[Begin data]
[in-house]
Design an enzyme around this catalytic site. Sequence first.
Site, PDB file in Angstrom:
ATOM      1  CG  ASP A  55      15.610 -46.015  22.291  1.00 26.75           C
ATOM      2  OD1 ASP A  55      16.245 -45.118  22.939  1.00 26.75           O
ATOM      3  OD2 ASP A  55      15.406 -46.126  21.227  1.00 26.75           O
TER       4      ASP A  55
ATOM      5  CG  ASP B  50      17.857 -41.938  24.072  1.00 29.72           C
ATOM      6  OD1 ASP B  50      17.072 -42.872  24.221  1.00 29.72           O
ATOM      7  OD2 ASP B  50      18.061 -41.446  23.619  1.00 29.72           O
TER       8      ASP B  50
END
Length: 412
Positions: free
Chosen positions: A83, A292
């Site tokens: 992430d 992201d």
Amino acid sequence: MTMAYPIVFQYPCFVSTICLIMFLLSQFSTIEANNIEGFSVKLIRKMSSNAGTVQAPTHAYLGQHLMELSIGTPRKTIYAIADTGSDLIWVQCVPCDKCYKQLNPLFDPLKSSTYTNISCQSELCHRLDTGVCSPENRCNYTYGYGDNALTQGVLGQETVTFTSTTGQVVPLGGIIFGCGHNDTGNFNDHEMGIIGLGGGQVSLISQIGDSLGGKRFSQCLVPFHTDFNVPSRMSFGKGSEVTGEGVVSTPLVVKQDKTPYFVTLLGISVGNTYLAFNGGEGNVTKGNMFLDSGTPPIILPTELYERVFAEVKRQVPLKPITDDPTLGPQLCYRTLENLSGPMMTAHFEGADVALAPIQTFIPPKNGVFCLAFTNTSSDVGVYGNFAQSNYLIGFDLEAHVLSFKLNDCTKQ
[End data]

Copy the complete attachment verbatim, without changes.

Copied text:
[in-house]
Design an enzyme around this catalytic site. Sequence first.
Site, PDB file in Angstrom:
ATOM      1  CG  ASP A  55      15.610 -46.015  22.291  1.00 26.75           C
ATOM      2  OD1 ASP A  55      16.245 -45.118  22.939  1.00 26.75           O
ATOM      3  OD2 ASP A  55      15.406 -46.126  21.227  1.00 26.75           O
TER       4      ASP A  55
ATOM      5  CG  ASP B  50      17.857 -41.938  24.072  1.00 29.72           C
ATOM      6  OD1 ASP B  50      17.072 -42.872  24.221  1.00 29.72           O
ATOM      7  OD2 ASP B  50      18.061 -41.446  23.619  1.00 29.72           O
TER       8      ASP B  50
END
Length: 412
Positions: free
Chosen positions: A83, A292
């Site tokens: 992430d 992201d």
Amino acid sequence: MTMAYPIVFQYPCFVSTICLIMFLLSQFSTIEANNIEGFSVKLIRKMSSNAGTVQAPTHAYLGQHLMELSIGTPRKTIYAIADTGSDLIWVQCVPCDKCYKQLNPLFDPLKSSTYTNISCQSELCHRLDTGVCSPENRCNYTYGYGDNALTQGVLGQETVTFTSTTGQVVPLGGIIFGCGHNDTGNFNDHEMGIIGLGGGQVSLISQIGDSLGGKRFSQCLVPFHTDFNVPSRMSFGKGSEVTGEGVVSTPLVVKQDKTPYFVTLLGISVGNTYLAFNGGEGNVTKGNMFLDSGTPPIILPTELYERVFAEVKRQVPLKPITDDPTLGPQLCYRTLENLSGPMMTAHFEGADVALAPIQTFIPPKNGVFCLAFTNTSSDVGVYGNFAQSNYLIGFDLEAHVLSFKLNDCTKQ